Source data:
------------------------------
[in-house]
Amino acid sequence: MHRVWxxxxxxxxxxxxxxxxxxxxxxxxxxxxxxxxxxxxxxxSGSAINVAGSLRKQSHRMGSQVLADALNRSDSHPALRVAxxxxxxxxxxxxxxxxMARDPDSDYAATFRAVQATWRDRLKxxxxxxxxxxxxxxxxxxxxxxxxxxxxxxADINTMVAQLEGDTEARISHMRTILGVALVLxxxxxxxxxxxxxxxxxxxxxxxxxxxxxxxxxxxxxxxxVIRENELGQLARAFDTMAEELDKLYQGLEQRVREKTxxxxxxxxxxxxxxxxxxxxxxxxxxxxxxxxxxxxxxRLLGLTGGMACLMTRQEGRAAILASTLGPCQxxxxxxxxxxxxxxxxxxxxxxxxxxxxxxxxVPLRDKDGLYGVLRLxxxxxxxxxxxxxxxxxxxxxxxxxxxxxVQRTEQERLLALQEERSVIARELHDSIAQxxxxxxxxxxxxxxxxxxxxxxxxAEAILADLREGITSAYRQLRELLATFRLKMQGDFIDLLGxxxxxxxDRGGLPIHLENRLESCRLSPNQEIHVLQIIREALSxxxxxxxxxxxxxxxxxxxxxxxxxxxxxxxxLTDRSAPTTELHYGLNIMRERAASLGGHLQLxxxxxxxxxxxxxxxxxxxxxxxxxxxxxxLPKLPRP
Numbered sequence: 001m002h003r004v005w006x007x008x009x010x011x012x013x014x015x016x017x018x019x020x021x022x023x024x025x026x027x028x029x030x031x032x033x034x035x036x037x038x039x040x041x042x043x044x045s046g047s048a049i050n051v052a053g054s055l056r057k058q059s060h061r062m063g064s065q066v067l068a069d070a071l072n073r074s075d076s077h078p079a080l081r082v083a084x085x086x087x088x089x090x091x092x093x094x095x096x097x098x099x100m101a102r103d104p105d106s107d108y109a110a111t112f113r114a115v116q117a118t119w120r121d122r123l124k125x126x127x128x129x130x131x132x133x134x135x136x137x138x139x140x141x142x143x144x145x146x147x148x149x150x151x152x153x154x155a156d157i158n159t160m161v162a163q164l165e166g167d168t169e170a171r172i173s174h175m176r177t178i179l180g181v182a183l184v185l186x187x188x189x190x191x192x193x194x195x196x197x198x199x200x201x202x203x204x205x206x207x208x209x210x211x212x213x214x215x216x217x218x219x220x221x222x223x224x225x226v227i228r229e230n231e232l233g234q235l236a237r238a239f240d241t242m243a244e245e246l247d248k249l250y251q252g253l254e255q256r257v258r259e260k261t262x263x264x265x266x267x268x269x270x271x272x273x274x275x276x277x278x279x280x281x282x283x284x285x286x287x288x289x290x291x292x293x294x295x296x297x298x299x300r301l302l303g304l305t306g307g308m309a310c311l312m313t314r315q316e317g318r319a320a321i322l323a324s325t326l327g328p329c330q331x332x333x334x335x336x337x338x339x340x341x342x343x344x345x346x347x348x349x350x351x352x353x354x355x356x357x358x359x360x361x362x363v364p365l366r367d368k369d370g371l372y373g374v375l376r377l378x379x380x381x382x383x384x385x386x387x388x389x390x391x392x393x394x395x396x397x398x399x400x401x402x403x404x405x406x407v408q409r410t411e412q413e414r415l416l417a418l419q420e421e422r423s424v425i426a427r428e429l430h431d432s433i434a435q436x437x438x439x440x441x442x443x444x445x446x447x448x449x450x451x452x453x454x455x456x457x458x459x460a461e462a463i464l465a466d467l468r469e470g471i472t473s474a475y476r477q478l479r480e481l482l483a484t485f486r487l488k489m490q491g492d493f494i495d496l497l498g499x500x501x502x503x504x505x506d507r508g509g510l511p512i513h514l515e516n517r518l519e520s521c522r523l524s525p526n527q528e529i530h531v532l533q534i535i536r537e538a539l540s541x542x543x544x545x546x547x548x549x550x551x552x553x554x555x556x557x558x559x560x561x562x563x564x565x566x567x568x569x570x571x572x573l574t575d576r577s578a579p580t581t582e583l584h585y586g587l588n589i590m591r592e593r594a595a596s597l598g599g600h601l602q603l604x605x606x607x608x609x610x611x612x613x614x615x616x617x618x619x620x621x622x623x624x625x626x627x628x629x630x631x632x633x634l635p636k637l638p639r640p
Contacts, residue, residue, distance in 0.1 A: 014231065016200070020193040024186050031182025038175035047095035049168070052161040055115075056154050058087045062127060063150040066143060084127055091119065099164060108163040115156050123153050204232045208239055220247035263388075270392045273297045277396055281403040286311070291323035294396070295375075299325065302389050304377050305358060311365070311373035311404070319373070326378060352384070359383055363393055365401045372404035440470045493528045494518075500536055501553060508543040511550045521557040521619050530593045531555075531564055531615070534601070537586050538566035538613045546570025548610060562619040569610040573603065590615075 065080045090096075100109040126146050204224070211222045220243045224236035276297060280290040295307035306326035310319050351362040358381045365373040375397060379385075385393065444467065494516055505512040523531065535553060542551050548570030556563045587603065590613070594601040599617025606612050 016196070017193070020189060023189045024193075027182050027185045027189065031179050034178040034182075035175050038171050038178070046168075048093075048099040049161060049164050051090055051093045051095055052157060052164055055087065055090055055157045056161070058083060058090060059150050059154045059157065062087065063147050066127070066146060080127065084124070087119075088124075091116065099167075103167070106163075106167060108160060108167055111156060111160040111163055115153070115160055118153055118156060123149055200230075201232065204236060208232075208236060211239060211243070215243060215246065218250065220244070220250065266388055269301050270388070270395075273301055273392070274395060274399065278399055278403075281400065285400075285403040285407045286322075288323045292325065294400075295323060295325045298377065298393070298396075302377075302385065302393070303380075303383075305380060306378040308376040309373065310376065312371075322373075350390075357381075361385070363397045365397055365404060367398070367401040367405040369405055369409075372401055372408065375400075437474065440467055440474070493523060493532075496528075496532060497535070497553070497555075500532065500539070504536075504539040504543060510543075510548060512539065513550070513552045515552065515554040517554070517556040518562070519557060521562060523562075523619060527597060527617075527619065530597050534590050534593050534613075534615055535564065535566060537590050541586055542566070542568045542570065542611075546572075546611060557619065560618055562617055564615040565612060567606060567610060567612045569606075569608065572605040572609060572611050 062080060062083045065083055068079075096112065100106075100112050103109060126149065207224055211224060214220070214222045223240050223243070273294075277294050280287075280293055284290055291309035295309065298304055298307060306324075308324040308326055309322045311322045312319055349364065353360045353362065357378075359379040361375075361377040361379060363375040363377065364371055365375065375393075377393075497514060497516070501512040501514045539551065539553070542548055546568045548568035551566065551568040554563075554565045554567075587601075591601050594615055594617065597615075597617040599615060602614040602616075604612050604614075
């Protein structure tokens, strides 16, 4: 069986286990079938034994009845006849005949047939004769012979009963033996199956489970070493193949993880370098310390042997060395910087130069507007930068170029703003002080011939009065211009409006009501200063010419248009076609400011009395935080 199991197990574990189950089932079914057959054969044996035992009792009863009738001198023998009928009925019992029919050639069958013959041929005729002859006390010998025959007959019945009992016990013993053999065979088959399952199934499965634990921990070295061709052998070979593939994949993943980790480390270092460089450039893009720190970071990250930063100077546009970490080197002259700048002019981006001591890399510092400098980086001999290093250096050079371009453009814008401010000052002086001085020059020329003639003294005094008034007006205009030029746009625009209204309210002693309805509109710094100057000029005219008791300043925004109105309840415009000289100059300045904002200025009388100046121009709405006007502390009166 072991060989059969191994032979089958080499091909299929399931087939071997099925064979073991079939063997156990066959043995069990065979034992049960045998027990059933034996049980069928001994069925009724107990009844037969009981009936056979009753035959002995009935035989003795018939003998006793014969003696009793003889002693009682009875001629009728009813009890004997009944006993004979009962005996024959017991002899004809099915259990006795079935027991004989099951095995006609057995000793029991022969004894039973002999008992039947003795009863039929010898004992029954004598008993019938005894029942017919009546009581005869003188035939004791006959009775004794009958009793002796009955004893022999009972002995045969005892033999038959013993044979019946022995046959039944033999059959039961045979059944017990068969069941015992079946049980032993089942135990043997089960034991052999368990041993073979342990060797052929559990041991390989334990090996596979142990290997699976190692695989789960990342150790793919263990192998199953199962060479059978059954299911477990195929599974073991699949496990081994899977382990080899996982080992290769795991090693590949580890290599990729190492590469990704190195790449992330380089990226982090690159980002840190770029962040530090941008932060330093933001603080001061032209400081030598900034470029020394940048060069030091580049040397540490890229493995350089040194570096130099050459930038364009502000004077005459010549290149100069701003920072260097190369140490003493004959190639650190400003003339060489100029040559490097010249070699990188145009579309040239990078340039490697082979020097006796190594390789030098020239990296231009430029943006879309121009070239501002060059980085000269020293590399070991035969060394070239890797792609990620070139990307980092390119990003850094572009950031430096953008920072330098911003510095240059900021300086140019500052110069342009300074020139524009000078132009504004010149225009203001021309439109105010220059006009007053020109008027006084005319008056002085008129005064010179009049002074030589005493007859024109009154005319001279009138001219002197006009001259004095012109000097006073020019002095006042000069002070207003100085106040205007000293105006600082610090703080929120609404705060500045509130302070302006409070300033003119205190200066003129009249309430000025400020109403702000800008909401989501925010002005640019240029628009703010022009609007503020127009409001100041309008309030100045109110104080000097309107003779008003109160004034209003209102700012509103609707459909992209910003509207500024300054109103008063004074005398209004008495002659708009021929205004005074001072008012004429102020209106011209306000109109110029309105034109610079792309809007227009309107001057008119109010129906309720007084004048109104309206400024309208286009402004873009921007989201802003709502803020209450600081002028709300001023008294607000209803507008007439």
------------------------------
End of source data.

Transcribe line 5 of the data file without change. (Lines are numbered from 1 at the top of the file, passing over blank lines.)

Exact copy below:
């Protein structure tokens, strides 16, 4: 069986286990079938034994009845006849005949047939004769012979009963033996199956489970070493193949993880370098310390042997060395910087130069507007930068170029703003002080011939009065211009409006009501200063010419248009076609400011009395935080 199991197990574990189950089932079914057959054969044996035992009792009863009738001198023998009928009925019992029919050639069958013959041929005729002859006390010998025959007959019945009992016990013993053999065979088959399952199934499965634990921990070295061709052998070979593939994949993943980790480390270092460089450039893009720190970071990250930063100077546009970490080197002259700048002019981006001591890399510092400098980086001999290093250096050079371009453009814008401010000052002086001085020059020329003639003294005094008034007006205009030029746009625009209204309210002693309805509109710094100057000029005219008791300043925004109105309840415009000289100059300045904002200025009388100046121009709405006007502390009166 072991060989059969191994032979089958080499091909299929399931087939071997099925064979073991079939063997156990066959043995069990065979034992049960045998027990059933034996049980069928001994069925009724107990009844037969009981009936056979009753035959002995009935035989003795018939003998006793014969003696009793003889002693009682009875001629009728009813009890004997009944006993004979009962005996024959017991002899004809099915259990006795079935027991004989099951095995006609057995000793029991022969004894039973002999008992039947003795009863039929010898004992029954004598008993019938005894029942017919009546009581005869003188035939004791006959009775004794009958009793002796009955004893022999009972002995045969005892033999038959013993044979019946022995046959039944033999059959039961045979059944017990068969069941015992079946049980032993089942135990043997089960034991052999368990041993073979342990060797052929559990041991390989334990090996596979142990290997699976190692695989789960990342150790793919263990192998199953199962060479059978059954299911477990195929599974073991699949496990081994899977382990080899996982080992290769795991090693590949580890290599990729190492590469990704190195790449992330380089990226982090690159980002840190770029962040530090941008932060330093933001603080001061032209400081030598900034470029020394940048060069030091580049040397540490890229493995350089040194570096130099050459930038364009502000004077005459010549290149100069701003920072260097190369140490003493004959190639650190400003003339060489100029040559490097010249070699990188145009579309040239990078340039490697082979020097006796190594390789030098020239990296231009430029943006879309121009070239501002060059980085000269020293590399070991035969060394070239890797792609990620070139990307980092390119990003850094572009950031430096953008920072330098911003510095240059900021300086140019500052110069342009300074020139524009000078132009504004010149225009203001021309439109105010220059006009007053020109008027006084005319008056002085008129005064010179009049002074030589005493007859024109009154005319001279009138001219002197006009001259004095012109000097006073020019002095006042000069002070207003100085106040205007000293105006600082610090703080929120609404705060500045509130302070302006409070300033003119205190200066003129009249309430000025400020109403702000800008909401989501925010002005640019240029628009703010022009609007503020127009409001100041309008309030100045109110104080000097309107003779008003109160004034209003209102700012509103609707459909992209910003509207500024300054109103008063004074005398209004008495002659708009021929205004005074001072008012004429102020209106011209306000109109110029309105034109610079792309809007227009309107001057008119109010129906309720007084004048109104309206400024309208286009402004873009921007989201802003709502803020209450600081002028709300001023008294607000209803507008007439």